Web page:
April 14, 2024

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Define Beauty Yourself

Why It’s Important And How To Increase Access To It

Primary care is crucial for improving health outcomes and lowering overall healthcare costs. According to a 2021 report from the National Academies of Sciences, Engineering, and Medicine, “People in countries and health systems with high-quality primary care enjoy better health outcomes and more health equity.” Investing in primary care also reduces overall healthcare costs. As the Purchaser Business Group on Health (PBGH) reported in 2021:

Evidence shows that improved primary care translates into healthier, happier patients and lower overall health care costs:

  • U.S. adults who regularly see a primary care physician have 33% lower health care costs and 19% lower odds of dying prematurely than those who see only a specialist.
  • The U.S. could save $67 billion each year if everyone used a primary care provider as their principal source of care.
  • Every $1 increase in primary care spending produces $13 in savings.

The problem, however, is that there is a growing shortage of Primary Care Physicians (PCPs). The Covid pandemic only accelerated a disturbing trend: more and more PCPs are burned out from the need to see large numbers of patients and growing administrative burdens; and they are either retiring or transitioning to “concierge” practices, which reduces the size of their patient panels.

In addition, fewer medical students are going into primary care because other specialties are more lucrative at a time when medical school debt is mounting.

The result of the combination of these factors, according to the Association of American Medical Colleges (AAMC), is that the U.S. is expected to face a shortage of 21,000 to 55,000 PCPs by 2033.

Strategies for Addressing the PCP Shortage

A strategy we implemented at FastMed in North Carolina when I was the company’s CEO is offering primary care as well as urgent care in some clinics. The logic behind our decision to do this began a few years ago when we surveyed many of our urgent care patients and found that a substantial portion did not have a primary care provider.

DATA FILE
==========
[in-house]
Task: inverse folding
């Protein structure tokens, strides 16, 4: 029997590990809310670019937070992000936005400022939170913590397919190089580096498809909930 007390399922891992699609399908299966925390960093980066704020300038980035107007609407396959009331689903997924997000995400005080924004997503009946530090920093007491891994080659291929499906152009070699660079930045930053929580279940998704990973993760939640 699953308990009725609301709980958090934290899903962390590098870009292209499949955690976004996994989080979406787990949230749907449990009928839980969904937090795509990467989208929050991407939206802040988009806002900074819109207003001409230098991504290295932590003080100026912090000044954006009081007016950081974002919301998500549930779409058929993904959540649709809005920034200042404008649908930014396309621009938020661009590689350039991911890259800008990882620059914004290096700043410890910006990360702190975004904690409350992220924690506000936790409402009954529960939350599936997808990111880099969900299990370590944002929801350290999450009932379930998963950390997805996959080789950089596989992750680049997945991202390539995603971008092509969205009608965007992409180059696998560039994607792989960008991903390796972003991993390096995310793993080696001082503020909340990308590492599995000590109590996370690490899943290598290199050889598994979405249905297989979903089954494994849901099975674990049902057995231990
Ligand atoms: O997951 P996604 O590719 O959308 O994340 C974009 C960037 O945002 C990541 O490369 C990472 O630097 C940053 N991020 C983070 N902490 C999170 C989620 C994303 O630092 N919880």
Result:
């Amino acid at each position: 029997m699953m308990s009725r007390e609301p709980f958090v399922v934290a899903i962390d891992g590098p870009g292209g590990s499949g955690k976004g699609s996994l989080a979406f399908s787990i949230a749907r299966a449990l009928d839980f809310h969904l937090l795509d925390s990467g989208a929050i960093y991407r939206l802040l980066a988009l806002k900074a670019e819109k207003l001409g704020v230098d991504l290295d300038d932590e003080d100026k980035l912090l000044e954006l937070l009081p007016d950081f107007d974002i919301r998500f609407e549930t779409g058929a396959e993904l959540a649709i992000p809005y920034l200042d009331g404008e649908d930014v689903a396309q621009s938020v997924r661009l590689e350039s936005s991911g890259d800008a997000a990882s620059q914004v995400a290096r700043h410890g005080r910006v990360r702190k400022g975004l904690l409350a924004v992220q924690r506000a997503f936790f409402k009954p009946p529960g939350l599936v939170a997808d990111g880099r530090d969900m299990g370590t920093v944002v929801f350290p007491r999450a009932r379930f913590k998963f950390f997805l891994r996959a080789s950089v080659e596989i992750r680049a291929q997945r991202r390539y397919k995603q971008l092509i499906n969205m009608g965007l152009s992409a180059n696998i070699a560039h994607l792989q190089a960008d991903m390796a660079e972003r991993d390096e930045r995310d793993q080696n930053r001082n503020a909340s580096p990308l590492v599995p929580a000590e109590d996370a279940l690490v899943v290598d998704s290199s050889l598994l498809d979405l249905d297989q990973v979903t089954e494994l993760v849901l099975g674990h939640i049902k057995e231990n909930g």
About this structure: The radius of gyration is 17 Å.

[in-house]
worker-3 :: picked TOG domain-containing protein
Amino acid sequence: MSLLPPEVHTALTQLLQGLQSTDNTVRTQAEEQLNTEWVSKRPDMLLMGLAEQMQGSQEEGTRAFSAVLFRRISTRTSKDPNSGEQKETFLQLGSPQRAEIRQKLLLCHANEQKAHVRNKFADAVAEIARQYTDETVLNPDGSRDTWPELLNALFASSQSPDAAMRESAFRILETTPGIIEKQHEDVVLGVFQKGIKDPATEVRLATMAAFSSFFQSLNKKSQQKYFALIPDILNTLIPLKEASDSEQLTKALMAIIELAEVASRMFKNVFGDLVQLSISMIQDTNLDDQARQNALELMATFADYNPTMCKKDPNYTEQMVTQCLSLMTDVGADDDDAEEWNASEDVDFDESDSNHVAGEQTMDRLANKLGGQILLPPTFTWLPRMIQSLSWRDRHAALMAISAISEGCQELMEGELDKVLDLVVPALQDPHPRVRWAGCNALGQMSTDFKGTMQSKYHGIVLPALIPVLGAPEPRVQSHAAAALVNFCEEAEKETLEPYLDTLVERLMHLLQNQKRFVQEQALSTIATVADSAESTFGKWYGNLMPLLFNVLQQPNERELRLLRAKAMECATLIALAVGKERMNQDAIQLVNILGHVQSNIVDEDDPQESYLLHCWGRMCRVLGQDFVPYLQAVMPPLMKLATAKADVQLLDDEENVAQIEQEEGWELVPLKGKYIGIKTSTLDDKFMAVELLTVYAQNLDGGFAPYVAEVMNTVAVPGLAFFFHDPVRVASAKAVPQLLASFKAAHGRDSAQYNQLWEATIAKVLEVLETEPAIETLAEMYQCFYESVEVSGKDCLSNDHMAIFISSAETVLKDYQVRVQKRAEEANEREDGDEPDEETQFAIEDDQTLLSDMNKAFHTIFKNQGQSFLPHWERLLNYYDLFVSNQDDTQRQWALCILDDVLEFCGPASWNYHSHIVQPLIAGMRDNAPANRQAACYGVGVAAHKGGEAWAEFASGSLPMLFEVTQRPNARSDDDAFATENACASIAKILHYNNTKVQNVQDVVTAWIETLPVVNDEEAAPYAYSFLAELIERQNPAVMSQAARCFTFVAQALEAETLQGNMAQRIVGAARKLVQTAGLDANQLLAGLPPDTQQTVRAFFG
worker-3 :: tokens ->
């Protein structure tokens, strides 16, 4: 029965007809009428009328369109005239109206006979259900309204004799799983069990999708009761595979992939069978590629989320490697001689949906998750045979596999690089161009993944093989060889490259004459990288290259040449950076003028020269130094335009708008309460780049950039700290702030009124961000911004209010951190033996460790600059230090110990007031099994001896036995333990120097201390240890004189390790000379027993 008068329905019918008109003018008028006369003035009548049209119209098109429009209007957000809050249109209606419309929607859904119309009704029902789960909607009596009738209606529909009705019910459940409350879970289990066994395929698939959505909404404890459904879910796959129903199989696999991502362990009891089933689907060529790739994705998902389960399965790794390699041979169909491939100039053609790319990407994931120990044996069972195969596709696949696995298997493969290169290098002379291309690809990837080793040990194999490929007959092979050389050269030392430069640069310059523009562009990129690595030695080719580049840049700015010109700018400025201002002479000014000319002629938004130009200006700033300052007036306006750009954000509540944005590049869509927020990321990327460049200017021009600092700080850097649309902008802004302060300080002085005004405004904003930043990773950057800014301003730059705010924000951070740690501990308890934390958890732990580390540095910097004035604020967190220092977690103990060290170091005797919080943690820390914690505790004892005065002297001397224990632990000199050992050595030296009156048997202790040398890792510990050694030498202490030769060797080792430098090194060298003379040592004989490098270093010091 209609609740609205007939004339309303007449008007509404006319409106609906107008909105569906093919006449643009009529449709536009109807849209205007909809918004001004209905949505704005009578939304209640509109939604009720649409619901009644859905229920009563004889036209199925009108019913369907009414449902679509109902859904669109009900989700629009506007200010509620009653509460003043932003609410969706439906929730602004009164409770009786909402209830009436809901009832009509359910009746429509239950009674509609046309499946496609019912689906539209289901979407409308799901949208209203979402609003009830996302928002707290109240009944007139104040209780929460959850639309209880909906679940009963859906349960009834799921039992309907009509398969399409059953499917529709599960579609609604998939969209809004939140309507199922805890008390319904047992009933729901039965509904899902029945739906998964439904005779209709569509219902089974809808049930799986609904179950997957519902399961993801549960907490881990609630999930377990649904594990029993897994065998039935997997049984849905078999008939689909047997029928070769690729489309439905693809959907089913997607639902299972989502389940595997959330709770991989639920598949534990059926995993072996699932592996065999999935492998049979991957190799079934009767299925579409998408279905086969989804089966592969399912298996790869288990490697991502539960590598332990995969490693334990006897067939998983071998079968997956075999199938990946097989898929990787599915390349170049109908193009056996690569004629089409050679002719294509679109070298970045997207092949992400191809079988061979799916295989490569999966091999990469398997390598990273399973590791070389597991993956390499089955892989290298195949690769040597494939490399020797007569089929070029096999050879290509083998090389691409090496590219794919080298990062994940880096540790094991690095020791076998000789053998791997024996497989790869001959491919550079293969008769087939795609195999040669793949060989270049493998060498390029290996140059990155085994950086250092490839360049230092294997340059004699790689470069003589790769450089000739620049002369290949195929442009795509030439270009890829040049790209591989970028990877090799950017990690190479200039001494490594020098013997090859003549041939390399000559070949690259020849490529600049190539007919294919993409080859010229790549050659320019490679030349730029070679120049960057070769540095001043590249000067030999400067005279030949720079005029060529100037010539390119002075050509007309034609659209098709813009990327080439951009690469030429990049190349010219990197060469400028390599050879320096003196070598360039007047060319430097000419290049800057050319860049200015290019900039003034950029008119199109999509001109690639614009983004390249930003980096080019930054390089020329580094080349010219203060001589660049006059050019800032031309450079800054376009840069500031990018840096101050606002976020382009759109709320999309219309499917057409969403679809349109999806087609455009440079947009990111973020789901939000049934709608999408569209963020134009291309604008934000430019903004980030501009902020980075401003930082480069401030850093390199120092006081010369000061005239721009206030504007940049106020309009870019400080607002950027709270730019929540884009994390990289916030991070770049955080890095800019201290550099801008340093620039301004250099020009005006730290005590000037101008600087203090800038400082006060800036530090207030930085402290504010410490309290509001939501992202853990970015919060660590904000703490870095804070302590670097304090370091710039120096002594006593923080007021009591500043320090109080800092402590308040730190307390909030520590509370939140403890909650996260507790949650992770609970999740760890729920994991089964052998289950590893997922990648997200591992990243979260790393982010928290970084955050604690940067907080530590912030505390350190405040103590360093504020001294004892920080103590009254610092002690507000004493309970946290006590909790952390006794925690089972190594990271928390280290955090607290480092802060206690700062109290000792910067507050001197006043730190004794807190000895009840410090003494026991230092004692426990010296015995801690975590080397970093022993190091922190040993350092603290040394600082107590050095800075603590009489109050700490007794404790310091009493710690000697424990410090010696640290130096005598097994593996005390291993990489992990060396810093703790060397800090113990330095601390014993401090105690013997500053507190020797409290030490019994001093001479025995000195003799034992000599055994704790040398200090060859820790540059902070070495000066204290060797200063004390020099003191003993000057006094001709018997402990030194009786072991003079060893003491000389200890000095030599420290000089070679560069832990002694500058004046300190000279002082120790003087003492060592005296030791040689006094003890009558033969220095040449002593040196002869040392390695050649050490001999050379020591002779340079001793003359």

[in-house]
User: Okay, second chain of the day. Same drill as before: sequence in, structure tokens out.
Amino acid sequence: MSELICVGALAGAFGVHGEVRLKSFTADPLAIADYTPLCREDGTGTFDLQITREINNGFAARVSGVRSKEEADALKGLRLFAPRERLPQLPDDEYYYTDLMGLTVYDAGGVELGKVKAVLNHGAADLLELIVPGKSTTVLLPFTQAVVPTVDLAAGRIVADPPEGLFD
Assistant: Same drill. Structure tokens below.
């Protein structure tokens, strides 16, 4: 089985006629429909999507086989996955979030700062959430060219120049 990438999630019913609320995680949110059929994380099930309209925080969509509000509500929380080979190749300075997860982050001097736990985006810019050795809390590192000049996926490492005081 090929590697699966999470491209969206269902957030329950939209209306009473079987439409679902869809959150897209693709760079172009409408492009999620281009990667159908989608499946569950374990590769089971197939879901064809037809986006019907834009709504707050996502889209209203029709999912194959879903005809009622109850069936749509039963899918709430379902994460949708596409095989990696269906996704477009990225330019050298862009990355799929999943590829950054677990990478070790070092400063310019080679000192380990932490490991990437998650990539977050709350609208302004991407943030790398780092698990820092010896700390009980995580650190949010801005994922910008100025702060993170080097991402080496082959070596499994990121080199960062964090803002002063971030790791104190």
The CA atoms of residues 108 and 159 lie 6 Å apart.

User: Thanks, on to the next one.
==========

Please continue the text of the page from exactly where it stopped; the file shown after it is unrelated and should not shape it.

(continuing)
When we then asked these patients whether they would use primary care services if we offered them at our urgent care clinics, a substantial percentage of them said they would. This was not surprising because my long experience with retail-based and urgent care clinics has consistently shown that convenience is a significant driver in consumers’ ability and desire to access basic healthcare services.

Advanced Practice Providers to the Rescue

While offering family medicine at the same conveniently-located clinics where urgent care and occupational health services are offered improves access, it does not directly address the primary care physician shortage. In order to do this, the primary care services offered in FastMed clinics – which we referred to as “family medicine” to distinguish it from the treatment of patients with serious comorbidities that need more specialized attention than we were set up to provide – were mostly provided by Advanced Practice Providers (APPs) rather than physicians.

APPs are masters-prepared nurse practitioners and physician assistants who enter into collaborative practice agreements with local physicians who delegate their prescriptive authority to our APPs and are available to them for consultations, but who do not have to be on site at the points of care.

Research has consistently shown that APPs are able to provide care that is comparable in quality to that of physicians within the limited scope of many primary care practices, and it is essential to patients and to our healthcare system as a whole that APPs (and all other healthcare workers) be allowed to practice at the top of their medical licenses.

Virtual Care Plays a Key Role

The third component of our strategy to increase access to primary care services was to provide care virtually when it was appropriate. The basic concept was that we would treat patients virtually if we could, and if not, we would refer them to a nearby clinic. Obviously not all medical conditions can be treated virtually, although the number that can be is expanding all the time and virtual visits can be particularly effective in follow-up care.

In general, offering virtual care expands access – particularly in underserved areas – provides convenience to patients, reduces costs, and increases clinician productivity if they are able to see patients virtually when they are not seeing them in person.

Increasing Access and Health Equity

Increasing access to primary care in the face of a growing primary care physician shortage is a significant challenge, but it is crucial in improving health outcomes and equity, and in reducing costs. At FastMed, we were by no means declaring victory in meeting this challenge, but we and other retail medicine providers were able to begin making a dent in it by offering family medicine in some of our urgent care clinics, using APPs rather than physicians to provide the care, and treating patients virtually whenever possible.

Stay tuned for my next blog, which will discuss the role of what’s called “value-based care” in supporting primary care practices and aligning incentives so that the care being provided is driven by patients’ outcomes rather than the number of patient visits, tests, and procedures.